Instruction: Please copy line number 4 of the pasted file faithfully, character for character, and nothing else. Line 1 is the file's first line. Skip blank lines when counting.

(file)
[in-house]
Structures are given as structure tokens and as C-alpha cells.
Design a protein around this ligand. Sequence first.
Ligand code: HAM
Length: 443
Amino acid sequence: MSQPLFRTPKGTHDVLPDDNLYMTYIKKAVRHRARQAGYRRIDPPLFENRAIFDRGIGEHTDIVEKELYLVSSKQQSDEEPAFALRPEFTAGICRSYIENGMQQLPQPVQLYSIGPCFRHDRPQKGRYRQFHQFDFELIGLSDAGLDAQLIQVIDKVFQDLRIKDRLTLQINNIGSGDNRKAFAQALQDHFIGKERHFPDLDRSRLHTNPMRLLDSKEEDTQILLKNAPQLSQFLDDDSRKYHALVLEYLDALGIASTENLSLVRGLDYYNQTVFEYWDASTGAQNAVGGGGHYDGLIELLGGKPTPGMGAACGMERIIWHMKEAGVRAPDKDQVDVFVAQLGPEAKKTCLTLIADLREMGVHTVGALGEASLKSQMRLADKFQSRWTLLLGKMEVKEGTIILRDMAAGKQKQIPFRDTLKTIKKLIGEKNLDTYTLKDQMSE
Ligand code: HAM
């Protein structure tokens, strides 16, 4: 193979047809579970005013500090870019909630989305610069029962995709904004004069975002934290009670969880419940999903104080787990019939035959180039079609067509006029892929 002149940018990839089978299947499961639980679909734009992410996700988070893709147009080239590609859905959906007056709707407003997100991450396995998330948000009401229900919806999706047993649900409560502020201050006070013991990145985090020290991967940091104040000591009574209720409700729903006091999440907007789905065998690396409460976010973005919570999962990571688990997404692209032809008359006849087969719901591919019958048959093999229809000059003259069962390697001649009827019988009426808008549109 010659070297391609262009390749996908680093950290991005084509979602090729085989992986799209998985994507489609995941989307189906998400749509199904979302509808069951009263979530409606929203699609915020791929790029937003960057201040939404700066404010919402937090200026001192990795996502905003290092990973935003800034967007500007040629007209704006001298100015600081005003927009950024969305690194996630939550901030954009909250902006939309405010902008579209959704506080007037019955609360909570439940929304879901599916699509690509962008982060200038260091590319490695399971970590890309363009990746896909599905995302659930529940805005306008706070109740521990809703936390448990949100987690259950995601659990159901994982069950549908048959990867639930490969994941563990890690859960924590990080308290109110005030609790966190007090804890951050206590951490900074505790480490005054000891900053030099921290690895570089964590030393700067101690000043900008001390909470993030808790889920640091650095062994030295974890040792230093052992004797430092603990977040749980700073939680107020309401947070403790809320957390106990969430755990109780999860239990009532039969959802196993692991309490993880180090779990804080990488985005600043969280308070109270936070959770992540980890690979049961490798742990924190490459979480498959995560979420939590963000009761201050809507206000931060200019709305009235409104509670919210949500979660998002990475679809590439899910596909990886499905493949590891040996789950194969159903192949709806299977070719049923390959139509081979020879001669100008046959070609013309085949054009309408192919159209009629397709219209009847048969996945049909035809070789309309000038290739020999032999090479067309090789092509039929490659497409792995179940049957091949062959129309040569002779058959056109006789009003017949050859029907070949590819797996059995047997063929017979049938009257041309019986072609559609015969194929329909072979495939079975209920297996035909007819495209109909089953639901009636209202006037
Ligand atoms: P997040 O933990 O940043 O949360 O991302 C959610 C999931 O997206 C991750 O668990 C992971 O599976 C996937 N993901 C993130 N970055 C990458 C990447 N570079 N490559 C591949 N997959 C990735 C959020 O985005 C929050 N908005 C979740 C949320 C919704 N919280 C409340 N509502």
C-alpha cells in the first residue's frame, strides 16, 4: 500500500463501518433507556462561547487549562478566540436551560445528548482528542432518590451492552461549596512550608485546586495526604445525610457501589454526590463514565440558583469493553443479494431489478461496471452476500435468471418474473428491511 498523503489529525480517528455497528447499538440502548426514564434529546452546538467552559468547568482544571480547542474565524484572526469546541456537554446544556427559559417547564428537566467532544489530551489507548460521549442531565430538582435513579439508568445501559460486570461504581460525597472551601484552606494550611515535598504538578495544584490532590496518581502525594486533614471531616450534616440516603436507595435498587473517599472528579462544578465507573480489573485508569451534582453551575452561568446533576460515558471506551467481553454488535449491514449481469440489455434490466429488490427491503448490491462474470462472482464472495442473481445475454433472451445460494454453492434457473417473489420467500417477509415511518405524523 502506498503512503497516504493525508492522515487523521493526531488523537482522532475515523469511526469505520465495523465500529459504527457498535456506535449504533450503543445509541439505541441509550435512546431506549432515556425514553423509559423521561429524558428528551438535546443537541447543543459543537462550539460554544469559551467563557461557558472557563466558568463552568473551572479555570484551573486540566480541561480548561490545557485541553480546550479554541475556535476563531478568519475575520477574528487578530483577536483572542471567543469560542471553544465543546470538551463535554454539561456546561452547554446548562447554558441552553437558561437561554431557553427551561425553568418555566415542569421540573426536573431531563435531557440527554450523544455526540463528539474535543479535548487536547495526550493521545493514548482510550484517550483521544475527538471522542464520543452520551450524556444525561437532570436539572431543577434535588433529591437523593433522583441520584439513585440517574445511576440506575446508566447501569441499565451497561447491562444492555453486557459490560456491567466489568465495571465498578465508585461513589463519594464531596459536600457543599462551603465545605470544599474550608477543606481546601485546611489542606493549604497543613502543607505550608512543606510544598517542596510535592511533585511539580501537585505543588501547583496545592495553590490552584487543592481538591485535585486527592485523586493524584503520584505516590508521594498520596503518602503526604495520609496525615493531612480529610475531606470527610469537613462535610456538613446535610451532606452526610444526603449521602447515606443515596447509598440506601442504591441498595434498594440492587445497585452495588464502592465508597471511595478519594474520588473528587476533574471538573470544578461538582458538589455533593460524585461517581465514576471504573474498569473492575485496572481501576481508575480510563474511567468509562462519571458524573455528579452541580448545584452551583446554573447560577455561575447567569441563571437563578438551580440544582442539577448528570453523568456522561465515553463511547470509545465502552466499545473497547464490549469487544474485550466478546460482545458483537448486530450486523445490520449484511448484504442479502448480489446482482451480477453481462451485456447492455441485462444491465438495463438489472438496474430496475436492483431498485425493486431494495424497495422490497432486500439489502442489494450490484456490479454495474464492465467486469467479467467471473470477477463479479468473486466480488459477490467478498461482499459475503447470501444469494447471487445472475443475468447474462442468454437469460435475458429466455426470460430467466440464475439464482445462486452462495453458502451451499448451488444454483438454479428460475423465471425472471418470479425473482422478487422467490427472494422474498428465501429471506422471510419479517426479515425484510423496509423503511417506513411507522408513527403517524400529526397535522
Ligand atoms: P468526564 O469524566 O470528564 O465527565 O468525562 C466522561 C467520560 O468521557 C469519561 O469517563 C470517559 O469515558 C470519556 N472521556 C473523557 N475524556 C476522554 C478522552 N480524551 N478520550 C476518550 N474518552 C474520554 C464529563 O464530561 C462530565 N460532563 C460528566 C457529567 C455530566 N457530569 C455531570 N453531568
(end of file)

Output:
Ligand code: HAM